Two NHLPA executives met with Columbus Blue Jackets players on Thursday to investigate whether coach Mike Babcock violated players’ privacy when he asked to see photos on their cellphones, union officials told ESPN.
Marty Walsh, NHLPA executive director, and assistant executive director Ron Hainsey, who played three seasons with Columbus (2005-08), met with Blue Jackets players at Nationwide Arena after a morning skate. The NHLPA’s trip to Columbus wasn’t previously planned and was specifically made to further look into allegations against Babcock, who was hired to coach the Jackets in July.
Former NHL player Paul Bissonnette said on Tuesday’s edition of the “Spittin’ Chiclets” podcast that Babcock asked Columbus captain Boone Jenner to show him his camera roll before displaying those photos via AirPlay on the coach’s office wall.
“Enough with putting guys on the spot in the coaches room asking them to link their phones up to airplay mode and grilling them. I’ve had tons of players confirm it,” said Bissonnette after the episode was released.
Jenner wasn’t alone. Blue Jackets star forward Johnny Gaudreau confirmed to ESPN that he had also shown Babcock photos that were on his phone per the coach’s request.
Former NHL defenseman Mike Commodore, who played for Babcock and has been a long-standing critic of the coach, said he heard this behavior also occurred during Babcock’s time coaching the Toronto Maple Leafs.
“It happened with a few other players in Columbus too. I don’t want to use any names, but in particular [it involved] a young, very highly touted prospect,” said Commodore in a video posted to X, the social platform formerly known as Twitter.
A source told ESPN that the Blue Jackets have welcomed the NHLPA investigation to determine if there was any wrongdoing by Babcock.
Babcock and Jenner released statements through the Blue Jackets on Tuesday that denied the photo requests were anything nefarious.
“While meeting with our players and staff, I asked them to share, off their phones, family pictures as part of the process of getting to know them better,” said Babcock. “There was absolutely nothing more to it than that. The way this was portrayed on the ‘Spittin’ Chiclets’ podcast was a gross misrepresentation of those meetings and extremely offensive. … These meetings have been very important and beneficial, not only for me but for our players and staff as well, and to have them depicted like this is irresponsible and completely inaccurate.”
Said Jenner: “While meeting with Babs, he asked me about my family and where I’m from, my upcoming wedding and hockey-related stuff. He then asked if I had pictures of my family and I was happy to share some with him. He showed me pictures of his family. I thought it was a great first meeting and a good way for us to start to build a relationship. To have this blown out of proportion is truly disappointing.”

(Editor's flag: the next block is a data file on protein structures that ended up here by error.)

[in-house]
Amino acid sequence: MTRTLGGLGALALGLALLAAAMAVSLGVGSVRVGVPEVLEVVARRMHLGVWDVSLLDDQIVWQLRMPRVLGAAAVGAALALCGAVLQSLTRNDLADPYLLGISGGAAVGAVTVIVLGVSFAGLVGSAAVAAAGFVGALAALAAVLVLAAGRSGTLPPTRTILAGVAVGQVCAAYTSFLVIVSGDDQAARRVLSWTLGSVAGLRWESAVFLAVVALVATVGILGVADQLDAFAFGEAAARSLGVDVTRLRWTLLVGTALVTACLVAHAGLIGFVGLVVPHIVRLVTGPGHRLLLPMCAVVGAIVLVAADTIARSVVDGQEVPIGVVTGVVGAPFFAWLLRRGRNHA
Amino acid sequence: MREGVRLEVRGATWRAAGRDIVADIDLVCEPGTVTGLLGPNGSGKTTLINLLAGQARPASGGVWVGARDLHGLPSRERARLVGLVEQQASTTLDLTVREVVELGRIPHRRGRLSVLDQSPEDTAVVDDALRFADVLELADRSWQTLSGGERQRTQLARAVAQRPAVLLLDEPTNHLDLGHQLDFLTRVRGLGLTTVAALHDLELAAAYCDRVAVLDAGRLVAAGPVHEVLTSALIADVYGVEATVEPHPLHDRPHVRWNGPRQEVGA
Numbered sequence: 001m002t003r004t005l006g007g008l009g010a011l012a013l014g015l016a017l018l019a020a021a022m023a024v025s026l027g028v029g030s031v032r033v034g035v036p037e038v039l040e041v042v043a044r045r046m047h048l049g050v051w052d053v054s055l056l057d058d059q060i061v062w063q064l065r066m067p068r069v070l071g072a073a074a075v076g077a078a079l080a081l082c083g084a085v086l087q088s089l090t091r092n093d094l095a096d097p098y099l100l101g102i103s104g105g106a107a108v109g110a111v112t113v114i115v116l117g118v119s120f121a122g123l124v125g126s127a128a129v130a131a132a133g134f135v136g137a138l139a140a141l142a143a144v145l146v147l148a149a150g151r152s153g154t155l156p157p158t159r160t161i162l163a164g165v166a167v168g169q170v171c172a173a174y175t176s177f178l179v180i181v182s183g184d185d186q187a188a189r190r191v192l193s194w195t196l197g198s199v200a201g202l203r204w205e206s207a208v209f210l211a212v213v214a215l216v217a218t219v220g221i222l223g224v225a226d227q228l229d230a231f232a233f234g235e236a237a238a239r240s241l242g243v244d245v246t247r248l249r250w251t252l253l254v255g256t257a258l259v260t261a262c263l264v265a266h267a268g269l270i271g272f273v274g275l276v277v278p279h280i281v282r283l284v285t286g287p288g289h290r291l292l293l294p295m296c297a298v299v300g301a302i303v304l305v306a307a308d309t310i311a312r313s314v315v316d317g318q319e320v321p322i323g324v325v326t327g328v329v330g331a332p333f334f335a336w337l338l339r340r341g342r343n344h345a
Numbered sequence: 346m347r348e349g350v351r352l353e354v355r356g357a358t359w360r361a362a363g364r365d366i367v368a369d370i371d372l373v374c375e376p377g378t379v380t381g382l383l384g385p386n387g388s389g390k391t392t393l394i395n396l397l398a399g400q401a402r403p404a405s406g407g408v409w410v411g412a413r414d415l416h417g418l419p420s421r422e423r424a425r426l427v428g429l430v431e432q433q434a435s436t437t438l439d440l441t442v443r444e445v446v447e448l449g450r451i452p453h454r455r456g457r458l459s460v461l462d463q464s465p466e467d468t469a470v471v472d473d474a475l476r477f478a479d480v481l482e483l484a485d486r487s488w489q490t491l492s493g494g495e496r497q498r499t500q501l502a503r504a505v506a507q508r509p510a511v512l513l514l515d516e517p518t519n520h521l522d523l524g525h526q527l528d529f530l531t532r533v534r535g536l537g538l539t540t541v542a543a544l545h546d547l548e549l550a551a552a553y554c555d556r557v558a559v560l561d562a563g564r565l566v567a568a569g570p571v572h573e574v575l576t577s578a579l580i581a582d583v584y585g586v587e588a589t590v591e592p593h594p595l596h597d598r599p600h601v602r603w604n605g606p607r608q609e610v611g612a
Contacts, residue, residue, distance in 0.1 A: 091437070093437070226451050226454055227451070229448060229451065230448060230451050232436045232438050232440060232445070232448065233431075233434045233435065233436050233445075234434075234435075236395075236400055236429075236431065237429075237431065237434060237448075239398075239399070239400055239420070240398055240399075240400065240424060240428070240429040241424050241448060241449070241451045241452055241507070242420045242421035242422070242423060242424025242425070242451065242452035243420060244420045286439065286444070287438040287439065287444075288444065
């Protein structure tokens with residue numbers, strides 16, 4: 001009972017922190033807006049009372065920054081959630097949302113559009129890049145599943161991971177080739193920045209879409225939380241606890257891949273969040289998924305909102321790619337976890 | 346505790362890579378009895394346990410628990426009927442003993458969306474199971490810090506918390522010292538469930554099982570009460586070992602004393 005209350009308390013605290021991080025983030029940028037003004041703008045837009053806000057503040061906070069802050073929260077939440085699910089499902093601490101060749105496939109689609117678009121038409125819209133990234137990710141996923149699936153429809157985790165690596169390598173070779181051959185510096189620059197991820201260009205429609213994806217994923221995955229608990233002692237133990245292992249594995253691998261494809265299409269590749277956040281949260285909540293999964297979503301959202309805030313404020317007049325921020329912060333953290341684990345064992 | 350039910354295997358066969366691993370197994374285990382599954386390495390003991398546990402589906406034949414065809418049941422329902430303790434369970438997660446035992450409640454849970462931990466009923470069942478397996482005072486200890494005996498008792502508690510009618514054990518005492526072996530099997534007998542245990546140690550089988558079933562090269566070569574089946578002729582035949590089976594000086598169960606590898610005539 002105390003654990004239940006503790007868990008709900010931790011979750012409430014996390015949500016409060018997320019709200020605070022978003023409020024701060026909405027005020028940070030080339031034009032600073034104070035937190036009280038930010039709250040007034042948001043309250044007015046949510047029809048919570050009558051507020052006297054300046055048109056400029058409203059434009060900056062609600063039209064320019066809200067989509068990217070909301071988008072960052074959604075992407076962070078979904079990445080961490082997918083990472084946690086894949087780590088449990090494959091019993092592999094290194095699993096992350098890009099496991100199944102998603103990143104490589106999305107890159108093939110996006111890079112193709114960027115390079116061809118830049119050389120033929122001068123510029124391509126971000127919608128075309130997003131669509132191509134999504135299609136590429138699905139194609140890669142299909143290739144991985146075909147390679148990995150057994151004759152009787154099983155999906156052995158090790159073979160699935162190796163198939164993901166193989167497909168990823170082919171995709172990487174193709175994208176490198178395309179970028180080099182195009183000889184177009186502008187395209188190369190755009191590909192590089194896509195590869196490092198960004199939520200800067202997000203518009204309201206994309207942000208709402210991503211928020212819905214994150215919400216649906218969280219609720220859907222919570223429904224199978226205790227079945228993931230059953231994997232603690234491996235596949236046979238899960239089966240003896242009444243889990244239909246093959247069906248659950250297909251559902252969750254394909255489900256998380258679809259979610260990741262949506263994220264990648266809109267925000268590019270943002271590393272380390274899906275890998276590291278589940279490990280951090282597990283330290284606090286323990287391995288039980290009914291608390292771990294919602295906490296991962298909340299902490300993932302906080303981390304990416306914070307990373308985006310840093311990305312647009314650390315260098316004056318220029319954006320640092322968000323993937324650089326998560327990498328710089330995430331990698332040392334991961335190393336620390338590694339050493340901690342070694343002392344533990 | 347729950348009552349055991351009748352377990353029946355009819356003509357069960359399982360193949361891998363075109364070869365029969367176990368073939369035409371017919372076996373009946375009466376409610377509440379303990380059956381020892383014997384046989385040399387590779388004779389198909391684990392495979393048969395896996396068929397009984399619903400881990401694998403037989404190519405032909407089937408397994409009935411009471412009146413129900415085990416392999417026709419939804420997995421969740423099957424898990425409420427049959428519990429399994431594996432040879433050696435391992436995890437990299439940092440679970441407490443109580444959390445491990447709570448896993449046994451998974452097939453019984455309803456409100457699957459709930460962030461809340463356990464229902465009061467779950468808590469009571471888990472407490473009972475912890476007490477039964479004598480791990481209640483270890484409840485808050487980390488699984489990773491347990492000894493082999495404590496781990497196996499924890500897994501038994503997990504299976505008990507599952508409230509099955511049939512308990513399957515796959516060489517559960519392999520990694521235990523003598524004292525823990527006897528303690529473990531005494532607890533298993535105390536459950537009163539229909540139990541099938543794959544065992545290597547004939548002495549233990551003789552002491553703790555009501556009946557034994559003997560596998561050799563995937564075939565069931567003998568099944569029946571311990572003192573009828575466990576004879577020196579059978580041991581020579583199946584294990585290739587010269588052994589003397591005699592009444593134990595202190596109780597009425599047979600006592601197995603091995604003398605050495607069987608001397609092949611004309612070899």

Gaudreau said he had “a great meeting” with Babcock.
“We got to share things together, pictures of our family. I was a little upset to see the way it was handled and how it came out … but nothing you can do about it. We got off to a great start, had a great meeting with him and looking forward to working together,” said the star winger.
Babcock was bound to face greater scrutiny than most coaches as he returns to the NHL. His reputation was tarnished after being fired by the Toronto Maple Leafs in Nov. 2019, following multiple accusations of mental abuse of players.
As coach of the Leafs from 2015-19, Babcock requested a private meeting with rookie Mitch Marner, had the young forward rank his teammates by work ethic and then shared the list with the players who were at the bottom of that ranking, much to the embarrassment of Marner. The incident was reported to then-general manager Lou Lamoriello.
Former Red Wings forward Johan Franzen, in the Swedish media outlet Expressen, accused Babcock of “verbal attacks” that, at one point, caused Franzen to break down on the bench and dread coming to the arena.
After Babcock was fired, Leafs president Brendan Shanahan said his coaching tactics were not “appropriate or acceptable,” given how times had changed in the NHL.
“We have to evolve,” Shanahan said in 2019. “We all came from a certain generation where things occurred to us as players that we just sort of accepted. We all have to do a better job of just creating that kind of work environment on the ice and off the ice.”
Babcock has coached 1,301 games in the NHL with the Leafs, Detroit Red Wings and Mighty Ducks of Anaheim. He led the 2008 Red Wings to the Stanley Cup. His teams have won three conference championships (Ducks in 2003, Red Wings in 2008 and 2009). His 700 wins is the 12th most all time, and his .608 points percentage is the fourth best among NHL coaches with at least 1,000 games. He also coached Team Canada to Olympic gold in 2010 and 2014.